Front Page Talking Points


Colorful ocean coral is bleached white around the world for the second time in 10 years, causing alarm


1.gifShare two facts from coverage with environmental impact.

2.gifFind a photo symbolizing the value of unspoiled nature. What word or words come to mind?

3.gifPick a quote or interesting item from science or climate news and tell how it hits you.

An environmental warning signal has returned in the Atlantic, Pacific and Indian oceans: Coral is turning white and even dying as record sea heat takes a devastating toll. That sign, known as bleaching, happens when living coral gets stressed and loses its vibrant colors because the water it lives in is too warm – especially in shallow areas. Coral health is vital because the submerged formations sustain ocean life, fishing and generate tourism revenue. Nicknamed the sea's architect, coral builds vast structures in tropical areas that house one-quarter of marine species. They are natural barriers that absorb the force of waves and storm surges, keeping coastal communities safer.

Climate change drives up sea surface temperatures as oceans absorb warming gases emitted when we burn oil, coal and gas. El Niño – a natural climate event – has also contributed to warmer levels since last June. The global average ocean temperature broke its all-time record last August and has stayed above average almost every day. Water off Florida last summer reached the high 90s and even exceeded 100 dgrees in some shallow areas -- hot tub levels. Reefs are an early warning system for the impacts of a warming planet on nature. "As the world's oceans continue to warm, coral bleaching is becoming more frequent and severe," says Derek Manzello, coordinator of a Coral Reef Watch program for the U.S. National Oceanic and Atmospheric Administration (NOAA).

This is the second global mass coral whitening in 10 years and the fourth in recent decades, according to that federal agency, which adds that 54 percent of waters with coral reefs are affected. Coral can recover from heat stress, but ideally needs several years. When weakened, it is susceptible to disease and can starve to death. "Coral mortality hurts the people who depend on the coral reefs for their livelihoods," says Manzello.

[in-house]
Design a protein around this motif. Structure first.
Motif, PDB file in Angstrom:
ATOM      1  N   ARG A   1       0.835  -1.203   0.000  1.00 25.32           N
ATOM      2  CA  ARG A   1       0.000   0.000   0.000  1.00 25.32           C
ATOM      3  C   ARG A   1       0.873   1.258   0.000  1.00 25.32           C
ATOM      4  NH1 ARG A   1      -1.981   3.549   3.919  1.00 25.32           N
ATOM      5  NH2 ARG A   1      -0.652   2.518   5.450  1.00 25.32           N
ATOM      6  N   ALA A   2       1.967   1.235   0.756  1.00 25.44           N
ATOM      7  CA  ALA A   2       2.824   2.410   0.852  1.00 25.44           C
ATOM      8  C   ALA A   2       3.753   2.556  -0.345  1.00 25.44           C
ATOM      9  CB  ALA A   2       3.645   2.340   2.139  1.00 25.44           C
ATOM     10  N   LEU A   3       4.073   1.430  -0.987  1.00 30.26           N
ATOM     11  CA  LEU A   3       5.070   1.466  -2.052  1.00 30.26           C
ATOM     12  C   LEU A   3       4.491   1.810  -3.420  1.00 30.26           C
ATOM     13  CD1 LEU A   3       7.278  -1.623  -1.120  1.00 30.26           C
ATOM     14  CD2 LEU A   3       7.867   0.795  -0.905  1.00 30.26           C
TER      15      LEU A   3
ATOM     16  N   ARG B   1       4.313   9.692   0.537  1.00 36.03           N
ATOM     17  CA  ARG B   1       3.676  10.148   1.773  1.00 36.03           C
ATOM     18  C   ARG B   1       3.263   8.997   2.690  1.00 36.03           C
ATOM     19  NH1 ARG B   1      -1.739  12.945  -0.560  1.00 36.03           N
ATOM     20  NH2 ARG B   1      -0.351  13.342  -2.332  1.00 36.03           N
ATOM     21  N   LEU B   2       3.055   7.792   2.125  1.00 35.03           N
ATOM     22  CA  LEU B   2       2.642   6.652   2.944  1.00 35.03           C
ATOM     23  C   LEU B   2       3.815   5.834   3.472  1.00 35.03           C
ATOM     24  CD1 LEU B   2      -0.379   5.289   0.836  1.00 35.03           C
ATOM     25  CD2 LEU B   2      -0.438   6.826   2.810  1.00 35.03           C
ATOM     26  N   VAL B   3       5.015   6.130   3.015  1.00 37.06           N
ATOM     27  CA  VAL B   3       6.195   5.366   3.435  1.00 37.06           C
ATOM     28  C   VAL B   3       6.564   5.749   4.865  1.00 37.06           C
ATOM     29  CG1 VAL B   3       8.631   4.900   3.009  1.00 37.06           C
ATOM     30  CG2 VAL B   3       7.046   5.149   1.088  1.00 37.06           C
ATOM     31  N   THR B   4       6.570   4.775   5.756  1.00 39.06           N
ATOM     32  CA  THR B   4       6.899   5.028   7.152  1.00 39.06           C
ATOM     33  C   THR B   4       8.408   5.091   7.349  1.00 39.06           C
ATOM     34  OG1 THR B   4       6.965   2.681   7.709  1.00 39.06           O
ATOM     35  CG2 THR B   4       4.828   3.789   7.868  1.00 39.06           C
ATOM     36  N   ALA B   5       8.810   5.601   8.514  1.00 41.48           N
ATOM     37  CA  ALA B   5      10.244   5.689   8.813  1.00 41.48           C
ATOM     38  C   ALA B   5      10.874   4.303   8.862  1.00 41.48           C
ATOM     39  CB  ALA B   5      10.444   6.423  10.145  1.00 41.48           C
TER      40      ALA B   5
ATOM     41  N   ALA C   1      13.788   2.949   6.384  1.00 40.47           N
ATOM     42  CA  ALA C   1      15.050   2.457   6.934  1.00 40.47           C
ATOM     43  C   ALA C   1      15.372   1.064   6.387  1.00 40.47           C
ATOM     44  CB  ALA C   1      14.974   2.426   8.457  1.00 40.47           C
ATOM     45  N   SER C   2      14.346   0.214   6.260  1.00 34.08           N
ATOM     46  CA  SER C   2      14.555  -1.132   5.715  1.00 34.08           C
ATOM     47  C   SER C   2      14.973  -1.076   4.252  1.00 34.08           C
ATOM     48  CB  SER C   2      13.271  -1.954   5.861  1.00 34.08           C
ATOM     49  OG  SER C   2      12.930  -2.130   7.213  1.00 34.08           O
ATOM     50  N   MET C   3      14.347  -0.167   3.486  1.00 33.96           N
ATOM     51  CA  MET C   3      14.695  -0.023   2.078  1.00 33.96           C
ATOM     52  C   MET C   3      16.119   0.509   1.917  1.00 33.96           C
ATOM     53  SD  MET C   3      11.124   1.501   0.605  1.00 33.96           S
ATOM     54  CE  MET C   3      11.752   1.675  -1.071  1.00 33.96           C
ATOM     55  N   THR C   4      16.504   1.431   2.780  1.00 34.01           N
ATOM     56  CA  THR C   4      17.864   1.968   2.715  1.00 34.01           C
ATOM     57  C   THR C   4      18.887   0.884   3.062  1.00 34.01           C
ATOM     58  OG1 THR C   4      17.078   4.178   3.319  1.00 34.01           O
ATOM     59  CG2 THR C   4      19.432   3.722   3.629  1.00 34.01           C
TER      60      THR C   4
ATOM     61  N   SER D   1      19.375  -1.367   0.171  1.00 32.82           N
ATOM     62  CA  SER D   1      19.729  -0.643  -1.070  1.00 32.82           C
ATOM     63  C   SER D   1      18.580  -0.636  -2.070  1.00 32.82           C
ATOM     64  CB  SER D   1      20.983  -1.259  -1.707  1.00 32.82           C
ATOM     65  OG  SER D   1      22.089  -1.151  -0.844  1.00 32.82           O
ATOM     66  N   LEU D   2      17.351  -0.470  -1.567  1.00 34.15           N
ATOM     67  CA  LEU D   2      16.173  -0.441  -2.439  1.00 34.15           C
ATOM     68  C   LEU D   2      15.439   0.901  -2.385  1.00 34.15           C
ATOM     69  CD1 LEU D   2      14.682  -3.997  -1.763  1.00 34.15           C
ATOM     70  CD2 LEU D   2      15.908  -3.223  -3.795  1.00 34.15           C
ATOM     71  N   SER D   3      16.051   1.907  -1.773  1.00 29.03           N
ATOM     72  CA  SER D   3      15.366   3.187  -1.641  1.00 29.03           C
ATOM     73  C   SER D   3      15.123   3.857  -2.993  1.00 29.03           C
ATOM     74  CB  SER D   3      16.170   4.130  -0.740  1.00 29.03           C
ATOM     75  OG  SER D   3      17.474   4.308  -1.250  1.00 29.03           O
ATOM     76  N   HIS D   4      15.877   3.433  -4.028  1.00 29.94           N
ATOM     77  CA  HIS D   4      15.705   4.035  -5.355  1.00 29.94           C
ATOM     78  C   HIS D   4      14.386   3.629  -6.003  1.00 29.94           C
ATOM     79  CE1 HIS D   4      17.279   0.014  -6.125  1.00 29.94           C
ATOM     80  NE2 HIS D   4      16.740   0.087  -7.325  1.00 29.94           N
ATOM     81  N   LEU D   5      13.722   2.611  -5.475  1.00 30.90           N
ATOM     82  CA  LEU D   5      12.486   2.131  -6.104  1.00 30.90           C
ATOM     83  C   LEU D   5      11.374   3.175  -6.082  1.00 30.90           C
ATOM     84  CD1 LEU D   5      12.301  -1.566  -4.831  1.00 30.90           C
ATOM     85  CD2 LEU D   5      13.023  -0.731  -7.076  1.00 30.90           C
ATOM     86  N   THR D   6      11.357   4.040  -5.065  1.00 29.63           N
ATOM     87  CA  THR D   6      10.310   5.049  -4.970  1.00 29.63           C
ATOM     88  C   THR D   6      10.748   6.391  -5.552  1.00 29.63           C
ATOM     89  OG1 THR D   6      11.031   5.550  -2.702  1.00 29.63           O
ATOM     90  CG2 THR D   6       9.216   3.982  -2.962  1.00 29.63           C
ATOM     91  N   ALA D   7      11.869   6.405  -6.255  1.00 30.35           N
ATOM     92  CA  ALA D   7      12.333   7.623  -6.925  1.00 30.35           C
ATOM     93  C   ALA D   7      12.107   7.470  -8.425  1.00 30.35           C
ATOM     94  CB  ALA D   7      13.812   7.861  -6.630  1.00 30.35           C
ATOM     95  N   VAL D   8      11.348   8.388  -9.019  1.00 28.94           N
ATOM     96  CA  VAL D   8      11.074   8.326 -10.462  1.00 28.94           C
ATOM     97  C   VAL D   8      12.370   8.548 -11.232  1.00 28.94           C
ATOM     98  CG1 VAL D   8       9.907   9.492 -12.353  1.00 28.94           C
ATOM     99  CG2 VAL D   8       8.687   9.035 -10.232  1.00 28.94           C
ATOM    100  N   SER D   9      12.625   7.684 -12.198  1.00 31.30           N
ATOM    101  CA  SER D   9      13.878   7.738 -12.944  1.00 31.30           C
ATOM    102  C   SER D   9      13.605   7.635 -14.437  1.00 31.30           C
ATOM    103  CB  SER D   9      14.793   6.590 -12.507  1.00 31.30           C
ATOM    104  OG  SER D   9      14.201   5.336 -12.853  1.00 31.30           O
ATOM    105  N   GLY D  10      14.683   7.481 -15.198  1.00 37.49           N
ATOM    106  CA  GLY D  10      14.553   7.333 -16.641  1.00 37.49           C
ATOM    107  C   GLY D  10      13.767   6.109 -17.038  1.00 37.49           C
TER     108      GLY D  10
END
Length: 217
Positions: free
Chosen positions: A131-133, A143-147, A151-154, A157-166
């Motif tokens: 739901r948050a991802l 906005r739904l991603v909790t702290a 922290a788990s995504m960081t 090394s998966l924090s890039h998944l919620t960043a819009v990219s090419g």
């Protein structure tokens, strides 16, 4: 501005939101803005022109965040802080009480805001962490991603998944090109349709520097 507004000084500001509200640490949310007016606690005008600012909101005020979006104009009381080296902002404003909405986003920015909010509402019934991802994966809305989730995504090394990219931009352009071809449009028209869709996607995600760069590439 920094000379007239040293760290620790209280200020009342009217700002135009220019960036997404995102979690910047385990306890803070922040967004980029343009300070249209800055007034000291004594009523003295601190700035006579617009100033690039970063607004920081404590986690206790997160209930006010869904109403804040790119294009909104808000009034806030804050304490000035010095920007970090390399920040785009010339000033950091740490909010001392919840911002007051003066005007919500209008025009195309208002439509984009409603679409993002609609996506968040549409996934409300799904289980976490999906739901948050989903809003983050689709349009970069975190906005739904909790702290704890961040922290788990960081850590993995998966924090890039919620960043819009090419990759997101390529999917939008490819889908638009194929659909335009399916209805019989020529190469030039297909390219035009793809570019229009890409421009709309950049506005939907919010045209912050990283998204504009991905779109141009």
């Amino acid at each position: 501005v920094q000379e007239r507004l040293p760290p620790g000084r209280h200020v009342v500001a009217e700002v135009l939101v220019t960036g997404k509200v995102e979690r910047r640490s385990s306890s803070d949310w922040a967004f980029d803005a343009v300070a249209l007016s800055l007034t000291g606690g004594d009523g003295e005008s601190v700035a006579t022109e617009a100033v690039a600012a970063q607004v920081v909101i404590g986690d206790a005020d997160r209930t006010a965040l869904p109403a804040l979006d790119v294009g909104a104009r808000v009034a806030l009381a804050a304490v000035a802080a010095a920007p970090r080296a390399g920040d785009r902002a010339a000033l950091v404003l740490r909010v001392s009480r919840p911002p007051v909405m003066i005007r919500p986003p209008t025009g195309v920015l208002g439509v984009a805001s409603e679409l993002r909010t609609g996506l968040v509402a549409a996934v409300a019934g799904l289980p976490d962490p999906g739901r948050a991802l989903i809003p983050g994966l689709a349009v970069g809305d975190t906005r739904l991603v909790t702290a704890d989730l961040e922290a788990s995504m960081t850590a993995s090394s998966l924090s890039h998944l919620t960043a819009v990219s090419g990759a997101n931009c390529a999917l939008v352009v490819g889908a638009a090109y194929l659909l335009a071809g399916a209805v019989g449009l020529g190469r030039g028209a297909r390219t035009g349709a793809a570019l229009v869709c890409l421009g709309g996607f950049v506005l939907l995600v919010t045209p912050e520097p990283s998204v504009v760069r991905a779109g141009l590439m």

The last mass global bleaching was in 2014-16. Since then, ocean temperatures have become so much warmer that NOAA introduced three new heat alert levels. Only a rapid and global reduction in greenhouse gas emissions that limits ocean warming will guarantee we have at least some coral left, scientists say. "We need to learn from this to not do this to other ecosystems," says ecologist David Obura of Kenya, a country in east Africa on the Indian Ocean coast.

Scientist says: "For the first time ever, we've documented very high levels of bleaching in all three areas of the Great Barrier Reef Marine Park [a UN heritage site off Australia]." – Neal Cantin, senior researcher at the Australian Institute of Marine Science

Federal expert says: "From February 2023 to April 2024, significant coral bleaching has been documented in both the Northern and Southern Hemispheres of each major ocean basin." – Derek Manzello, NOAA coordinator

State specialist says: "We can't ignore climate change." -- Stephanie Schopmeyer, associate research scientist with Florida's Fish and Wildlife Conservation Commission

Front Page Talking Points is written by Alan Stamm for, Copyright 2024

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Common Core State Standard
SL.CCS.1/2/3/4 Grades 6-12: An essay of a current news event is provided for discussion to encourage participation, but also inspire the use of evidence to support logical claims using the main ideas of the article. Students must analyze background information provided about a current event within the news, draw out the main ideas and key details, and review different opinions on the issue. Then, students should present their own claims using facts and analysis for support.